It’s safe to say that the majority of Los Angeles Lakers fans are in a state of panic. It may be a subdued type of panic, where they just don’t even watch games anymore because they just can’t bear to see Chris Kaman sitting on the bench again for no reason. Or it may be a more active panic, where fans find themselves yelling at the TV every time Kendall Marshall jacks up a three. Maybe you don’t know the difference between a flop and a slam dunk, but you probably have one person in your life complaining about the Lakers.
All of this to say, the Lakers are making Angelenos miserable. And in a town full of egos, where everyone thinks they’re the next big star, people are starting to form some strong opinions about the Lakers front office.
When Dr. Jerry Buss passed away, he left behind impossibly big shoes to fill, but his kids—mainly Jeanie and Jimmy—are trying. But are their efforts enough?
Just prior to Dr. Buss’ passing, the Lakers fired coach Mike Brown, and in a very odd move, chose to hire ringless Mike D’Antoni over 11-time champion Phil Jackson to coach their team. Right off the bat, this was a terrible hire, thanks to the Lakers’ aging personnel. But it happened, and it was seen as Jim’s first blunder, though he maintains that his dad signed off on the hire.
To rewind quickly, back in 1998, Franz Lidz penned an article for Sports Illustrated about the Buss children, and how, like Shakespeare’s King Lear, the Lakers empire would be divided among the kids. Within that article, Jerry West said something very foreboding: “Power is one of the things that scares you because of the way it’s used. If it’s used correctly, no one will even sense it.”
Everyone sensed the power change from Jerry to Jim, and it’s hard to think that wouldn’t have happened if Jeanie had been the one put in charge of the Lakers instead. That’s been something people have been thinking for decades, and was reported in that 1998 article:
“It’s crazy,” says one of Jerry’s longtime business associates. “Johnny dithers and broods. Jimmy is easily distracted and has no instinct for the jugular. Jeanie is the most capable one, yet she’s overlooked by her loving dad. Does Jerry honestly think this arrangement will work? I’m willing to bet—no, I guarantee—that within three years he sells the entire operation to Rupert Murdoch.”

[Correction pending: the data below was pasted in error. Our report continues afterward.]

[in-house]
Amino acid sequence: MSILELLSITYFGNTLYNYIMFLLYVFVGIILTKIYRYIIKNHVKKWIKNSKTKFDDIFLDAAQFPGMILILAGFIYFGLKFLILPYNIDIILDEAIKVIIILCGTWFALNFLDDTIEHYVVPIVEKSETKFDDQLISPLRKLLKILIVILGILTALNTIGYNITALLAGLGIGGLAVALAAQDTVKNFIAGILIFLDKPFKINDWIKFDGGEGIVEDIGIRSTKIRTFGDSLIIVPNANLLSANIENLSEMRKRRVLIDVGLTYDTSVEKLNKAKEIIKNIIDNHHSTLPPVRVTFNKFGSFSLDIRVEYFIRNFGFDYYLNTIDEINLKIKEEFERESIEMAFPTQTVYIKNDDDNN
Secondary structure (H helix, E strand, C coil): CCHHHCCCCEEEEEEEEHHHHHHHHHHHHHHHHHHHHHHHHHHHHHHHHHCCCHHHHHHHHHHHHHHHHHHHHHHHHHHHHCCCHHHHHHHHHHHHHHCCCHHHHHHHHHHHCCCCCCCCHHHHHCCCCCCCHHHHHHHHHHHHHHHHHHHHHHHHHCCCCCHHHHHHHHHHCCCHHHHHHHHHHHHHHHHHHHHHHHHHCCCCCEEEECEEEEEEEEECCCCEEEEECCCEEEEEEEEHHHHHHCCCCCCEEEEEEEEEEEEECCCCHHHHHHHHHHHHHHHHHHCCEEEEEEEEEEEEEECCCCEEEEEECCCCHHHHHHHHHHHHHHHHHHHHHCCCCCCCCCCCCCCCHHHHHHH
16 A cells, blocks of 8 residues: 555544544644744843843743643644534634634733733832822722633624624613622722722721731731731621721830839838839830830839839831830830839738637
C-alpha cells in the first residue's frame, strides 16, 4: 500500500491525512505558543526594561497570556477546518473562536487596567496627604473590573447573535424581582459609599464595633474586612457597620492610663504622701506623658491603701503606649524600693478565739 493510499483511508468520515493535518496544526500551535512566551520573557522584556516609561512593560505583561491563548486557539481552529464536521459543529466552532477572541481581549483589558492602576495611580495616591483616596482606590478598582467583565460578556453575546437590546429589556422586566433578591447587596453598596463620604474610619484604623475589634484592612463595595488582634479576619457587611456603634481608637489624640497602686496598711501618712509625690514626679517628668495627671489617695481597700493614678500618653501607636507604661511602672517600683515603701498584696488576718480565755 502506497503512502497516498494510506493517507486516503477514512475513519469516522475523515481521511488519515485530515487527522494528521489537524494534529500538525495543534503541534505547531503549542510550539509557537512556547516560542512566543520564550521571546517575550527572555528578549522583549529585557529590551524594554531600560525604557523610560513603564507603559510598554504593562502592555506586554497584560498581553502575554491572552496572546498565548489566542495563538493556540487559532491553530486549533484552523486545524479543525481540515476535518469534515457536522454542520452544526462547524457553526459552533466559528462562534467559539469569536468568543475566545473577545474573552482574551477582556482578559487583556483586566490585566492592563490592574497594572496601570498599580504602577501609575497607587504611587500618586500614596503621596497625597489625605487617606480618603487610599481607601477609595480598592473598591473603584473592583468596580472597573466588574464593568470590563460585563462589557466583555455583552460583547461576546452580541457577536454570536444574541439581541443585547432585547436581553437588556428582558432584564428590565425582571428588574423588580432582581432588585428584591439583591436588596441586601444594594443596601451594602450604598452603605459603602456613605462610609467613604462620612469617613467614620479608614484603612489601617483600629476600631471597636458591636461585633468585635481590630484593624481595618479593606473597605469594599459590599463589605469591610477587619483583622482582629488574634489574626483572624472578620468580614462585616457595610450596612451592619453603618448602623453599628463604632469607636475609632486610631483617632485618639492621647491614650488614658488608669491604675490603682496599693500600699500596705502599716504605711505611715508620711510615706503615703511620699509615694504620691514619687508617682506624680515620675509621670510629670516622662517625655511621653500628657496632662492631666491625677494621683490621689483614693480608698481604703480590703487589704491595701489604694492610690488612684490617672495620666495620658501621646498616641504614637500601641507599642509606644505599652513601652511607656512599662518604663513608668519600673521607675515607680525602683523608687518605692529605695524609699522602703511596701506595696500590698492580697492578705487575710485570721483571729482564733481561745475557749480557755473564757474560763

David Stern said, “Jeanie has a complete knowledge of the interplay of sports marketing, building management, and TV. If she took over the Lakers from her father, I don’t think anything would be lost in the transition.”
Even the quartet’s other member, Janie, had some harsh critiques for her brothers and high praise for her sister, saying:
“My brothers would love to run my father’s operation, but I don’t think they could. John is too angry and fragile. He’s got the first-born syndrome: If people don’t play the game his way, he takes the ball away, sits by himself and cries. I feel so sorry for him, but I can’t feel real sorry for him.
Jimmy doesn’t have the backbone to negotiate or the confidence to succeed. He defers to his friends, and once you start delegating power, you lose control. Both my brothers are fearful of getting what they want and fearful of failure. If you’re not ready to accept failure, you can never face it.
Only Jeanie has the brains and the desire. She’s a great negotiator and a great numbers cruncher, and she knows how to say no. At some level, Johnny and Jimmy must understand that.”
Lidz adds that Jeanie was passed over by her father to take over the Sparks in favor of her brother Johnny, so this wouldn’t be the first time her dad kept a son in the most powerful position of an organization.
With all of that said, Jim has yet to make lengthy public statements in the face of the worst season since the team moved to Los Angeles, but Jeanie said some things on Thursday.
The Lakers president sat down to talk on ESPN710 and was very blunt when she declared:
“I’m the boss. I am responsible ultimately for anything with the team and decisions that are made. In my position, I empower people that are in positions to do their jobs. [Executive vice president of player personnel] Jim Buss and [general manager] Mitch Kupchak are responsible for all basketball decisions. They are empowered to do that. My job is to make sure, as a boss, that I provide them the tools to do the job successfully. But it’s up to them to make the day-to-day decisions on how they operate their area of the business … Ultimately I am the one voice. I am that person. I’m at the top of the food chain.”